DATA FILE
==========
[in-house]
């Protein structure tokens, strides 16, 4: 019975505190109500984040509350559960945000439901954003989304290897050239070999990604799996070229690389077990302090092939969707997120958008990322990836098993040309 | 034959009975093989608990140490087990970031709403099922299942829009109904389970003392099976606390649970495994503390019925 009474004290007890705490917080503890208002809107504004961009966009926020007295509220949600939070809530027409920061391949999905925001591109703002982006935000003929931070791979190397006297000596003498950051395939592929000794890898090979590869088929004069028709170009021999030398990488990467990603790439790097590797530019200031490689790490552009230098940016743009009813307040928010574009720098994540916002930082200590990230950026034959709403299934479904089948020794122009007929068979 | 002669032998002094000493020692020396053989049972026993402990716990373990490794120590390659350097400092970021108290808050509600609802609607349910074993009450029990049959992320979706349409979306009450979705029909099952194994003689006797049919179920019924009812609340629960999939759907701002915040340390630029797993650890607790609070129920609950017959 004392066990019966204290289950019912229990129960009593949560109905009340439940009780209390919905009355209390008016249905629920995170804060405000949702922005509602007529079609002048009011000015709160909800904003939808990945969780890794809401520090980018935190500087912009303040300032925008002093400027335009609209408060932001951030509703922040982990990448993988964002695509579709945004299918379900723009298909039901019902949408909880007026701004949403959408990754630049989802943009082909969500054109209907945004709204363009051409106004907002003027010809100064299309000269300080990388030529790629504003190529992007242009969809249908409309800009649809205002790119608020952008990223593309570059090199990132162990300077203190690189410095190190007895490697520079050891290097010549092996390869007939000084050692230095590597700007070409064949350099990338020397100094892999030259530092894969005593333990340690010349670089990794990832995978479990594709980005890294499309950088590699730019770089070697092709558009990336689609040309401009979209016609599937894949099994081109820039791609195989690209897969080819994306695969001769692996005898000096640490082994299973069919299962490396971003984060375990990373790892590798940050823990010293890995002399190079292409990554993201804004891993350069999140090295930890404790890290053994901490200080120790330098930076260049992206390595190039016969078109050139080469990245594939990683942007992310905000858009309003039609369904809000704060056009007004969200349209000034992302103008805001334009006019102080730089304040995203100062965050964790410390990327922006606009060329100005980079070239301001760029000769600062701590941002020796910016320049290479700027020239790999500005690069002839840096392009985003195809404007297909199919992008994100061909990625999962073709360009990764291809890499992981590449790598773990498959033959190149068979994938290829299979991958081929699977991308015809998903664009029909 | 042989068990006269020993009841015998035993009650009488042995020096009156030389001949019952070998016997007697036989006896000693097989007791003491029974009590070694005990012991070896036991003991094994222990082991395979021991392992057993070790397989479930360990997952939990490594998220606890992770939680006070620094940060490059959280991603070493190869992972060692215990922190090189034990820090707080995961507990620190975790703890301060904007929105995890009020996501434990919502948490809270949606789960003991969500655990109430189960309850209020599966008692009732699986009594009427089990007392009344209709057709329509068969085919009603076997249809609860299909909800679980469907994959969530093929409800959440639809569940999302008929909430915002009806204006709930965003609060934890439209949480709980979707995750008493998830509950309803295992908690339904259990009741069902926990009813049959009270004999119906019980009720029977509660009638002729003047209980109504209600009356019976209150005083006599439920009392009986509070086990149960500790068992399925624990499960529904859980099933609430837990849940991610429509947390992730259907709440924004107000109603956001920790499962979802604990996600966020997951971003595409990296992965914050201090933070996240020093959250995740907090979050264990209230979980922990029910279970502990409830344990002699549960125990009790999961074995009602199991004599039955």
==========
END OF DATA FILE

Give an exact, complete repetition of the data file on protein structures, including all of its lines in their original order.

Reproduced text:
[in-house]
């Protein structure tokens, strides 16, 4: 019975505190109500984040509350559960945000439901954003989304290897050239070999990604799996070229690389077990302090092939969707997120958008990322990836098993040309 | 034959009975093989608990140490087990970031709403099922299942829009109904389970003392099976606390649970495994503390019925 009474004290007890705490917080503890208002809107504004961009966009926020007295509220949600939070809530027409920061391949999905925001591109703002982006935000003929931070791979190397006297000596003498950051395939592929000794890898090979590869088929004069028709170009021999030398990488990467990603790439790097590797530019200031490689790490552009230098940016743009009813307040928010574009720098994540916002930082200590990230950026034959709403299934479904089948020794122009007929068979 | 002669032998002094000493020692020396053989049972026993402990716990373990490794120590390659350097400092970021108290808050509600609802609607349910074993009450029990049959992320979706349409979306009450979705029909099952194994003689006797049919179920019924009812609340629960999939759907701002915040340390630029797993650890607790609070129920609950017959 004392066990019966204290289950019912229990129960009593949560109905009340439940009780209390919905009355209390008016249905629920995170804060405000949702922005509602007529079609002048009011000015709160909800904003939808990945969780890794809401520090980018935190500087912009303040300032925008002093400027335009609209408060932001951030509703922040982990990448993988964002695509579709945004299918379900723009298909039901019902949408909880007026701004949403959408990754630049989802943009082909969500054109209907945004709204363009051409106004907002003027010809100064299309000269300080990388030529790629504003190529992007242009969809249908409309800009649809205002790119608020952008990223593309570059090199990132162990300077203190690189410095190190007895490697520079050891290097010549092996390869007939000084050692230095590597700007070409064949350099990338020397100094892999030259530092894969005593333990340690010349670089990794990832995978479990594709980005890294499309950088590699730019770089070697092709558009990336689609040309401009979209016609599937894949099994081109820039791609195989690209897969080819994306695969001769692996005898000096640490082994299973069919299962490396971003984060375990990373790892590798940050823990010293890995002399190079292409990554993201804004891993350069999140090295930890404790890290053994901490200080120790330098930076260049992206390595190039016969078109050139080469990245594939990683942007992310905000858009309003039609369904809000704060056009007004969200349209000034992302103008805001334009006019102080730089304040995203100062965050964790410390990327922006606009060329100005980079070239301001760029000769600062701590941002020796910016320049290479700027020239790999500005690069002839840096392009985003195809404007297909199919992008994100061909990625999962073709360009990764291809890499992981590449790598773990498959033959190149068979994938290829299979991958081929699977991308015809998903664009029909 | 042989068990006269020993009841015998035993009650009488042995020096009156030389001949019952070998016997007697036989006896000693097989007791003491029974009590070694005990012991070896036991003991094994222990082991395979021991392992057993070790397989479930360990997952939990490594998220606890992770939680006070620094940060490059959280991603070493190869992972060692215990922190090189034990820090707080995961507990620190975790703890301060904007929105995890009020996501434990919502948490809270949606789960003991969500655990109430189960309850209020599966008692009732699986009594009427089990007392009344209709057709329509068969085919009603076997249809609860299909909800679980469907994959969530093929409800959440639809569940999302008929909430915002009806204006709930965003609060934890439209949480709980979707995750008493998830509950309803295992908690339904259990009741069902926990009813049959009270004999119906019980009720029977509660009638002729003047209980109504209600009356019976209150005083006599439920009392009986509070086990149960500790068992399925624990499960529904859980099933609430837990849940991610429509947390992730259907709440924004107000109603956001920790499962979802604990996600966020997951971003595409990296992965914050201090933070996240020093959250995740907090979050264990209230979980922990029910279970502990409830344990002699549960125990009790999961074995009602199991004599039955």